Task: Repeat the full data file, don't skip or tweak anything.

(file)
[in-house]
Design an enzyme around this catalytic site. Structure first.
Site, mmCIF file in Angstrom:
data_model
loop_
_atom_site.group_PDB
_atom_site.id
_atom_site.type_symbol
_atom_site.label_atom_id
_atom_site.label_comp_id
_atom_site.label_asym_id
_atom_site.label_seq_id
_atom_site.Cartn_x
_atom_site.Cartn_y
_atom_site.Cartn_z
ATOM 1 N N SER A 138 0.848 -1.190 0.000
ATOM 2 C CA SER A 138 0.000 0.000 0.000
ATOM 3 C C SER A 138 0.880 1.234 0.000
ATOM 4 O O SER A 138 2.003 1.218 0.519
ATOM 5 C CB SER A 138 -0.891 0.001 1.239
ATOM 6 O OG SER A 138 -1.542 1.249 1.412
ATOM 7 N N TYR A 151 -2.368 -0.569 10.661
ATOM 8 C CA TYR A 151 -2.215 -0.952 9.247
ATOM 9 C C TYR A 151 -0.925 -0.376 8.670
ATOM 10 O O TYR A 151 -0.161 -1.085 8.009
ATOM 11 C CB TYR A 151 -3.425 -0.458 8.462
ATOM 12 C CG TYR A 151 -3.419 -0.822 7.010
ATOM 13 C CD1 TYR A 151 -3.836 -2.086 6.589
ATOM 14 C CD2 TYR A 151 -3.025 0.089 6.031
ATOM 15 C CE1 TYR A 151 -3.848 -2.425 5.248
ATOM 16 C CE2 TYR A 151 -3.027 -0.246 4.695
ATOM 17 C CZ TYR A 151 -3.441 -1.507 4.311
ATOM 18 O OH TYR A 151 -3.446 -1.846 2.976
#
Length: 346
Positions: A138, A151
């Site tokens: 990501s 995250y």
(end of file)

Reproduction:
[in-house]
Design an enzyme around this catalytic site. Structure first.
Site, mmCIF file in Angstrom:
data_model
loop_
_atom_site.group_PDB
_atom_site.id
_atom_site.type_symbol
_atom_site.label_atom_id
_atom_site.label_comp_id
_atom_site.label_asym_id
_atom_site.label_seq_id
_atom_site.Cartn_x
_atom_site.Cartn_y
_atom_site.Cartn_z
ATOM 1 N N SER A 138 0.848 -1.190 0.000
ATOM 2 C CA SER A 138 0.000 0.000 0.000
ATOM 3 C C SER A 138 0.880 1.234 0.000
ATOM 4 O O SER A 138 2.003 1.218 0.519
ATOM 5 C CB SER A 138 -0.891 0.001 1.239
ATOM 6 O OG SER A 138 -1.542 1.249 1.412
ATOM 7 N N TYR A 151 -2.368 -0.569 10.661
ATOM 8 C CA TYR A 151 -2.215 -0.952 9.247
ATOM 9 C C TYR A 151 -0.925 -0.376 8.670
ATOM 10 O O TYR A 151 -0.161 -1.085 8.009
ATOM 11 C CB TYR A 151 -3.425 -0.458 8.462
ATOM 12 C CG TYR A 151 -3.419 -0.822 7.010
ATOM 13 C CD1 TYR A 151 -3.836 -2.086 6.589
ATOM 14 C CD2 TYR A 151 -3.025 0.089 6.031
ATOM 15 C CE1 TYR A 151 -3.848 -2.425 5.248
ATOM 16 C CE2 TYR A 151 -3.027 -0.246 4.695
ATOM 17 C CZ TYR A 151 -3.441 -1.507 4.311
ATOM 18 O OH TYR A 151 -3.446 -1.846 2.976
#
Length: 346
Positions: A138, A151
């Site tokens: 990501s 995250y």